Are You a River or a Pond?


  • Author Bruce Wilson
  • Published August 8, 2022
  • Word count 537

Are You a River or a Pond?

Bruce Wilson, PhD

“Weakness of attitude becomes weakness of character.”- Albert Einstein


Present day life is full of dualities. We are constantly inundated by oppositional views and attitudes. Positive attitudes are in a perpetual competition with negative attitudes. However, there is an attitudinal movement on the rise that may be even more challenging than our current attitudinal polarities. Neutral attitudes purvey an indifference and complacency that would prefer to ignore the issues of the day. These individuals would say: “Leave it for someone else to solve.” The neutral attitude modus operandi is unemotional and detached from the need for change.

“Nothing is interesting if you’re not interested.”- Helen MacInness


Potentially, indifference and lack of interest is an even bigger threat to human existence than difference. Polarities tend to work toward compromise while neutrality remains at a standstill. This is the proverbial difference between a river versus a pond. The river is self-sustainable while the pond becomes more and more stagnant. Immobility in a mobile world is an anachronism to functionality. Neutral attitudes may disallow some of our unwanted anxiety but simultaneously limit our potential for growth. Growth has always been a product of debate and innovation. The very notion of progress depends on the process of resolving different views and attitudes to yield better outcomes.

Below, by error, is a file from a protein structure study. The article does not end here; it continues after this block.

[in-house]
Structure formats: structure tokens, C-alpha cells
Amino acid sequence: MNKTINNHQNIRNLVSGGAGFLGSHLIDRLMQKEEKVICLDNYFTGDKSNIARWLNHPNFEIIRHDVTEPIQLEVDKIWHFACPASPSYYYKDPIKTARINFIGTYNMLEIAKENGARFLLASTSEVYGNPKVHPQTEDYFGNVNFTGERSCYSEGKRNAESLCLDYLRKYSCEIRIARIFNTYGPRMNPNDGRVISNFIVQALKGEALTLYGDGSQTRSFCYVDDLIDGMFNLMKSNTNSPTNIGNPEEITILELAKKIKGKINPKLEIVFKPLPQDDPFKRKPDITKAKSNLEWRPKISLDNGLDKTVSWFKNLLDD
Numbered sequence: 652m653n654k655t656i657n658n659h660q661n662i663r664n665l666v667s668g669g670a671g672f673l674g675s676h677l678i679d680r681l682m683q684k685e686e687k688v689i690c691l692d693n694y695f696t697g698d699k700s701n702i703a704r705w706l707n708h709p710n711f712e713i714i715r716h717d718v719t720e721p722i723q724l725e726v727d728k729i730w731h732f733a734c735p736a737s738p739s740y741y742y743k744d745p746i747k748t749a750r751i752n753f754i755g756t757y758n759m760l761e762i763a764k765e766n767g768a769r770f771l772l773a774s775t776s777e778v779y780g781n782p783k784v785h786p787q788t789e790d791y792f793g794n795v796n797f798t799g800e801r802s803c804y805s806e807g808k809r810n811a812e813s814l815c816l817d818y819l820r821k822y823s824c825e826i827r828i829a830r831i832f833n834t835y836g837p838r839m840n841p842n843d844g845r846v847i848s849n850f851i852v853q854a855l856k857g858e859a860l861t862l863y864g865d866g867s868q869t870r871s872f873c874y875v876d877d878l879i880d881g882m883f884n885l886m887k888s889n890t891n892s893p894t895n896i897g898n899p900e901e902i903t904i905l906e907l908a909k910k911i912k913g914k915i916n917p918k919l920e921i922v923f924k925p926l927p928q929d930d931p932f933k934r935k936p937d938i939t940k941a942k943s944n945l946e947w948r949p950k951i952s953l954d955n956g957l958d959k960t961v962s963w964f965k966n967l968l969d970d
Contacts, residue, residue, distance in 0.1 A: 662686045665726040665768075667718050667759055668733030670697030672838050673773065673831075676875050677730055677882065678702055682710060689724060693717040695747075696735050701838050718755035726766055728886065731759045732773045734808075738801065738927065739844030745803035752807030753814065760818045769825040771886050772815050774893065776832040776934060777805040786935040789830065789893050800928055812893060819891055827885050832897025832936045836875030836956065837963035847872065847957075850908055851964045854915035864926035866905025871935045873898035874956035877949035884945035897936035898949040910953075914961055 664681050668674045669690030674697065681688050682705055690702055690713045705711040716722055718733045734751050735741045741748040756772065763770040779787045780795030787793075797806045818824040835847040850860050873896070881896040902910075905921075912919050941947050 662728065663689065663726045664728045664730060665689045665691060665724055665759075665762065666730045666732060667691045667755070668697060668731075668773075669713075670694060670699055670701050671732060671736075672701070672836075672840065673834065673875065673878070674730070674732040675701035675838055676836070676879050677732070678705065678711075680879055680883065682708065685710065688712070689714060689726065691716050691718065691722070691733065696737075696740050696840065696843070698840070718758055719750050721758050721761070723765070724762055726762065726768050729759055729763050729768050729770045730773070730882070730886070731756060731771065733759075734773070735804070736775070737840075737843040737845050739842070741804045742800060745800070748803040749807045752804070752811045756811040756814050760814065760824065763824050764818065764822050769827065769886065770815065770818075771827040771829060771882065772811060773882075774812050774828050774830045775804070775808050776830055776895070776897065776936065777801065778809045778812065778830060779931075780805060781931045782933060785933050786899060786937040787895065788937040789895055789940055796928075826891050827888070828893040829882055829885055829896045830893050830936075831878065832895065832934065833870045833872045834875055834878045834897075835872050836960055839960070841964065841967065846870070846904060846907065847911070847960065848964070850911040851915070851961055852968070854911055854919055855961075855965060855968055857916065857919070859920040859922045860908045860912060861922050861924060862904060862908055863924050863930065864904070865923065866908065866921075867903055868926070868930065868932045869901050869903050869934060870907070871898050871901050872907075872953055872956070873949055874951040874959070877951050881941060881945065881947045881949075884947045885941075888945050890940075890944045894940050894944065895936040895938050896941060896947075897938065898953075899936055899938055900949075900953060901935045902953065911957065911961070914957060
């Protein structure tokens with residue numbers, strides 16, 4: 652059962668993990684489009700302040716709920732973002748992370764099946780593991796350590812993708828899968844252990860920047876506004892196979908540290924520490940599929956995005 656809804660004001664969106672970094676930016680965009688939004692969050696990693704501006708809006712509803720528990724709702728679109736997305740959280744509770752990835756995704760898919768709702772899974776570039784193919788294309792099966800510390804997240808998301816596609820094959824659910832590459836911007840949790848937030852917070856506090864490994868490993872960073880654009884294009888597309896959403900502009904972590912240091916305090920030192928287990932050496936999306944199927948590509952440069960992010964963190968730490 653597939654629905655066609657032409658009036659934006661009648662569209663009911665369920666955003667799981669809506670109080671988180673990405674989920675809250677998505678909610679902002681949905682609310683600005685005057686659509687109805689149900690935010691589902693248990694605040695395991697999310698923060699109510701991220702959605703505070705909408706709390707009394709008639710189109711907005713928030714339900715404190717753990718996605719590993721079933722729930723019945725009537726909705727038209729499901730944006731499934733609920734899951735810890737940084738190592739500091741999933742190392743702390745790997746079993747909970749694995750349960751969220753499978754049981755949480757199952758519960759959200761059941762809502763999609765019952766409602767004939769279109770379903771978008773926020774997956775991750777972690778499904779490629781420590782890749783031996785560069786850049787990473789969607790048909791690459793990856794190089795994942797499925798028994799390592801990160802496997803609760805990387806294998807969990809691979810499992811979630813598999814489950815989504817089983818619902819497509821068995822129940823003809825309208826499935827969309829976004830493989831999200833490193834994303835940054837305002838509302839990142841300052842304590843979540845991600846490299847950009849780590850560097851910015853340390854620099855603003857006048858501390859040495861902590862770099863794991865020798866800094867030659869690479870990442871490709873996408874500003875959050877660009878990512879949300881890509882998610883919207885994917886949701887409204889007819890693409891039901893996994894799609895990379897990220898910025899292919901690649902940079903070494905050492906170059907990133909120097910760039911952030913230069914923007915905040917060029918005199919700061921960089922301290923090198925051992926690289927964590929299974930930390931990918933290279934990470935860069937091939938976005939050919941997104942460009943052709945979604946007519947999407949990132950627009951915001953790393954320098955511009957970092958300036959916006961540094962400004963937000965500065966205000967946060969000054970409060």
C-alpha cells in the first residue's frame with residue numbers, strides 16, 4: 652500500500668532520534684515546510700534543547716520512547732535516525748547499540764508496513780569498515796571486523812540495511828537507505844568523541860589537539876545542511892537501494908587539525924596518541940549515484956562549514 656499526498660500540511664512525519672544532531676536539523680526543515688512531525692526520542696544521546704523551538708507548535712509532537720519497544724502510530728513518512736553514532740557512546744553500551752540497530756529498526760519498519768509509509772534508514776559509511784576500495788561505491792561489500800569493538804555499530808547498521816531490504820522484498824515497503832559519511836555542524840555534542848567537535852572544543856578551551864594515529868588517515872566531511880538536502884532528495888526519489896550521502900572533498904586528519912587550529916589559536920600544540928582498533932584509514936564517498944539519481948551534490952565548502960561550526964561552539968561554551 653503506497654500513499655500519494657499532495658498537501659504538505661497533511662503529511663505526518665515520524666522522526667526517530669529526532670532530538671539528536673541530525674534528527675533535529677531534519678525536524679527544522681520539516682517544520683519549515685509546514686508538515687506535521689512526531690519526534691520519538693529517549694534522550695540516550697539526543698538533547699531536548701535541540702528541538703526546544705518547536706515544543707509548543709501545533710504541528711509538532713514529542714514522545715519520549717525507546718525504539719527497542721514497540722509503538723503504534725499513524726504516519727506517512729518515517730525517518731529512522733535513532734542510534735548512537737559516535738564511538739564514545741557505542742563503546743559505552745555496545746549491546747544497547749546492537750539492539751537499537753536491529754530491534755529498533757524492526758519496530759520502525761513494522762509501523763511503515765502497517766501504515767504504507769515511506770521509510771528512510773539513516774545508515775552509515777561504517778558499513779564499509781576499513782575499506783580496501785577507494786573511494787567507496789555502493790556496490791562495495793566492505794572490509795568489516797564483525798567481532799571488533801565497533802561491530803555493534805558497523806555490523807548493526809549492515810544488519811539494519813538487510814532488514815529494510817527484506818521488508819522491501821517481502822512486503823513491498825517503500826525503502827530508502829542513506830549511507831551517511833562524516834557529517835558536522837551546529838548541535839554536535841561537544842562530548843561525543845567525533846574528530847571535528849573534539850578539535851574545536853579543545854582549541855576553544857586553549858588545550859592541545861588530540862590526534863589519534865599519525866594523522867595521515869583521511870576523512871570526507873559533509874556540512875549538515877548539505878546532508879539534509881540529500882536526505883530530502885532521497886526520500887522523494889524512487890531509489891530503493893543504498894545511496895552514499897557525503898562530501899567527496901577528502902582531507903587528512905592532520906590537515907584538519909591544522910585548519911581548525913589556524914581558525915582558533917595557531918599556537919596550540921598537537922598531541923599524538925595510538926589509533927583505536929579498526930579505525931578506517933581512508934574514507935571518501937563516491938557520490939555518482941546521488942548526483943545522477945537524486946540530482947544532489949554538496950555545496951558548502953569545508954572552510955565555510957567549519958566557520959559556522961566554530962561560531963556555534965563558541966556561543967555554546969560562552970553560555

“They always say time changes things, but you actually have to change them yourself.”- Andy Warhol

Neutral attitudes maintain the status-quo. They are part of an ambivalent strategy to avoid being responsible for creating change. Positive change does not happen automatically. Negative change, on the other hand, can definitely evolve on its own. The automaticity of change may not be desirable change. For example, climate change is a current representation of this automatic but undesirable change.


“Between stimulus and response, there is a space where we choose our response.”- Stephen Covey

Making decisions is not an easy task but it is extremely viable to our future on the planet. We know that neutral attitudes do not promote our decision-making capacity. Instead, the neutral attitude is like running in place, there is no forward movement. We actually need both positive and negative attitudes in our lives in order to distinguish direction. Failure and success are expected and realized through this competition of ideas. However, without these comparative ideologies we could become more and more neutral and eventually immobile.


Resistance to change is driven by ambiguity. When we stay neutral in our beliefs and actions, we are maintaining only the status-quo. Do you want to be a river or a pond? A pond will eventually stagnate and is an unhealthy option. To avoid stagnation, we need to become a river. The river has self-cleansing properties. Movement creates change.

Our internal self-talk is a good example of the value of positive or negative over neutral. We listen to our own thoughts and work through the inevitable contest between “this” and “that” voices. In this challenge, we surface from the depths of our reverie to discover either something that works or something that fails. Either way we win. Because there is growth through success or failure. Indifference has no winning!


Dr. Bruce Wilson is a psychologist in private practice at Mind Health Care, Geelong, Australia. He has 25 years of experience and enjoys sharing his ramblings with friends and colleagues. This article is solely his work.

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